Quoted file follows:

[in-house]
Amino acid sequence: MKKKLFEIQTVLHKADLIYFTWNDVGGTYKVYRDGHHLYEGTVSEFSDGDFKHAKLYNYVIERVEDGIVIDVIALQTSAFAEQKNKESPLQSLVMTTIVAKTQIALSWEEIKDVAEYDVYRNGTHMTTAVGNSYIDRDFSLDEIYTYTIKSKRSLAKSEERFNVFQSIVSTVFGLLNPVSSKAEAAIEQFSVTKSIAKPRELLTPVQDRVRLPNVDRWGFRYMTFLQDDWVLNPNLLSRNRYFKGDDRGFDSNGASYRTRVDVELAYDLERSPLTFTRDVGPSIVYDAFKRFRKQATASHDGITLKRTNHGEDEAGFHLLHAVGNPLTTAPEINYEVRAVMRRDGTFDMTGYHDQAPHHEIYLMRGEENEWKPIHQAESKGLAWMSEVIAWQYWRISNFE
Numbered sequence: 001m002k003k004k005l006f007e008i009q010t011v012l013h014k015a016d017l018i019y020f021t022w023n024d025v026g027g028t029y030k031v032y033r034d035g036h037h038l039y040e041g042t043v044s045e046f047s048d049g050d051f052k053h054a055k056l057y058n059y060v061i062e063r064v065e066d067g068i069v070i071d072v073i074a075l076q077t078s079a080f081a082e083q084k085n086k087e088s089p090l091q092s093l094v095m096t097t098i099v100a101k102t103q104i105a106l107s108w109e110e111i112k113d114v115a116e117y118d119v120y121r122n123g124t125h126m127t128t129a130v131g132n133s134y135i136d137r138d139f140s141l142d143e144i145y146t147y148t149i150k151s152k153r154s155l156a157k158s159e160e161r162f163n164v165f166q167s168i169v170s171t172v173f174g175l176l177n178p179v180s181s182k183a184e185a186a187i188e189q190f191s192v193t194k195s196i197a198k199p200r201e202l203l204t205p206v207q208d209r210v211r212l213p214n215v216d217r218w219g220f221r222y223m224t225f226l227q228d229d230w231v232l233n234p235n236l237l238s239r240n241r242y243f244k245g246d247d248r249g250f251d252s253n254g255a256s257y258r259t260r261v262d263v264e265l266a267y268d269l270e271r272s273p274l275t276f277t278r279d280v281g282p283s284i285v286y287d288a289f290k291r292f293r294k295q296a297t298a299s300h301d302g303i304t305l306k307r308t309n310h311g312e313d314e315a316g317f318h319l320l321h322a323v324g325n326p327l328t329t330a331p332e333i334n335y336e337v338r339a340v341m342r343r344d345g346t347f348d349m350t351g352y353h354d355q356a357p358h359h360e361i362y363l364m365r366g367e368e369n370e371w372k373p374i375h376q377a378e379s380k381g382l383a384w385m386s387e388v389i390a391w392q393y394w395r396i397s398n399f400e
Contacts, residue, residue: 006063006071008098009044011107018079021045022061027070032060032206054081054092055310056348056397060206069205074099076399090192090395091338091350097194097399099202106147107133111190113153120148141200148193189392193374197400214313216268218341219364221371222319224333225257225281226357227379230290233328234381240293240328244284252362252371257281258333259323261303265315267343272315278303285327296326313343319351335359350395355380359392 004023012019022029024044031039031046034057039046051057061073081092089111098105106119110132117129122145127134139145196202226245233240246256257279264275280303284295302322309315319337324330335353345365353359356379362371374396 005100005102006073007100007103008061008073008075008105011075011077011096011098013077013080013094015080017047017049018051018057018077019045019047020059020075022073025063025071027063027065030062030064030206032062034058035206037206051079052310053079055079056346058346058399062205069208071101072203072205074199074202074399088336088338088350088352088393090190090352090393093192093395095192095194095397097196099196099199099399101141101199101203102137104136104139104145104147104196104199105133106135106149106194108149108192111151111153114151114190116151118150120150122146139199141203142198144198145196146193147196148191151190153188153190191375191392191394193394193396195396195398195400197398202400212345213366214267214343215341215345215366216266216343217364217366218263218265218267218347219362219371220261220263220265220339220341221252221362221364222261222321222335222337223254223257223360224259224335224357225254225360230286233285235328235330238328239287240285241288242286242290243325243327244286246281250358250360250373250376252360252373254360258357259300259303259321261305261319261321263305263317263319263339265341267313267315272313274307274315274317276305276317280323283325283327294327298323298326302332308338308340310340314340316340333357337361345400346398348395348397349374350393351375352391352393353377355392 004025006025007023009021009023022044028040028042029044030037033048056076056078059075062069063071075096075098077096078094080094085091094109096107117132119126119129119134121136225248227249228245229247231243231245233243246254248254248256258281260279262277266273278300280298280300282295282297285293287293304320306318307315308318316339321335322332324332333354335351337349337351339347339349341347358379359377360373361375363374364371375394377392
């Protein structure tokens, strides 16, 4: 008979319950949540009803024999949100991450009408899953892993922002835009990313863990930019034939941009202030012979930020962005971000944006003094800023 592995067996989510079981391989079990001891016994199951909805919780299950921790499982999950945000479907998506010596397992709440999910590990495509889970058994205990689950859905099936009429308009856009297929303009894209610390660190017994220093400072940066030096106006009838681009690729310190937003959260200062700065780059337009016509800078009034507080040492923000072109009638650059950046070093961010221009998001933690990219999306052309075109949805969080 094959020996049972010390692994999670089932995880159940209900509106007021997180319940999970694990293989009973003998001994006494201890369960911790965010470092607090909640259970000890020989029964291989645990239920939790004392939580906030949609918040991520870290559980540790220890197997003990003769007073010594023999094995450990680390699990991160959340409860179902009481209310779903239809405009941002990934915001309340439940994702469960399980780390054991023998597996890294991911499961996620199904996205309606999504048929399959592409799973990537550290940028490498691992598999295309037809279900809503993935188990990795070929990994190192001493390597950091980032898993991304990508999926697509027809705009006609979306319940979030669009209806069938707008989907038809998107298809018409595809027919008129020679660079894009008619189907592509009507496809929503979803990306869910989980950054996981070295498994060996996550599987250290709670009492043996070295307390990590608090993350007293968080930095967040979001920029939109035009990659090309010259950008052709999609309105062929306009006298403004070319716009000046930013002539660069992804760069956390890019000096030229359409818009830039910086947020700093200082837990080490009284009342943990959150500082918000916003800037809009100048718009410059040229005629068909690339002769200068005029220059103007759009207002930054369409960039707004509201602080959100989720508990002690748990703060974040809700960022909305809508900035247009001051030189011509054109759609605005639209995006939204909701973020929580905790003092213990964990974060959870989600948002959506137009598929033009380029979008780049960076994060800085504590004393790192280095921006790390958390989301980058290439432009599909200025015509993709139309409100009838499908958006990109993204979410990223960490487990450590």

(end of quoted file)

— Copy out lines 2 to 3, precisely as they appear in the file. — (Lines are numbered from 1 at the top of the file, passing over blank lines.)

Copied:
Amino acid sequence: MKKKLFEIQTVLHKADLIYFTWNDVGGTYKVYRDGHHLYEGTVSEFSDGDFKHAKLYNYVIERVEDGIVIDVIALQTSAFAEQKNKESPLQSLVMTTIVAKTQIALSWEEIKDVAEYDVYRNGTHMTTAVGNSYIDRDFSLDEIYTYTIKSKRSLAKSEERFNVFQSIVSTVFGLLNPVSSKAEAAIEQFSVTKSIAKPRELLTPVQDRVRLPNVDRWGFRYMTFLQDDWVLNPNLLSRNRYFKGDDRGFDSNGASYRTRVDVELAYDLERSPLTFTRDVGPSIVYDAFKRFRKQATASHDGITLKRTNHGEDEAGFHLLHAVGNPLTTAPEINYEVRAVMRRDGTFDMTGYHDQAPHHEIYLMRGEENEWKPIHQAESKGLAWMSEVIAWQYWRISNFE
Numbered sequence: 001m002k003k004k005l006f007e008i009q010t011v012l013h014k015a016d017l018i019y020f021t022w023n024d025v026g027g028t029y030k031v032y033r034d035g036h037h038l039y040e041g042t043v044s045e046f047s048d049g050d051f052k053h054a055k056l057y058n059y060v061i062e063r064v065e066d067g068i069v070i071d072v073i074a075l076q077t078s079a080f081a082e083q084k085n086k087e088s089p090l091q092s093l094v095m096t097t098i099v100a101k102t103q104i105a106l107s108w109e110e111i112k113d114v115a116e117y118d119v120y121r122n123g124t125h126m127t128t129a130v131g132n133s134y135i136d137r138d139f140s141l142d143e144i145y146t147y148t149i150k151s152k153r154s155l156a157k158s159e160e161r162f163n164v165f166q167s168i169v170s171t172v173f174g175l176l177n178p179v180s181s182k183a184e185a186a187i188e189q190f191s192v193t194k195s196i197a198k199p200r201e202l203l204t205p206v207q208d209r210v211r212l213p214n215v216d217r218w219g220f221r222y223m224t225f226l227q228d229d230w231v232l233n234p235n236l237l238s239r240n241r242y243f244k245g246d247d248r249g250f251d252s253n254g255a256s257y258r259t260r261v262d263v264e265l266a267y268d269l270e271r272s273p274l275t276f277t278r279d280v281g282p283s284i285v286y287d288a289f290k291r292f293r294k295q296a297t298a299s300h301d302g303i304t305l306k307r308t309n310h311g312e313d314e315a316g317f318h319l320l321h322a323v324g325n326p327l328t329t330a331p332e333i334n335y336e337v338r339a340v341m342r343r344d345g346t347f348d349m350t351g352y353h354d355q356a357p358h359h360e361i362y363l364m365r366g367e368e369n370e371w372k373p374i375h376q377a378e379s380k381g382l383a384w385m386s387e388v389i390a391w392q393y394w395r396i397s398n399f400e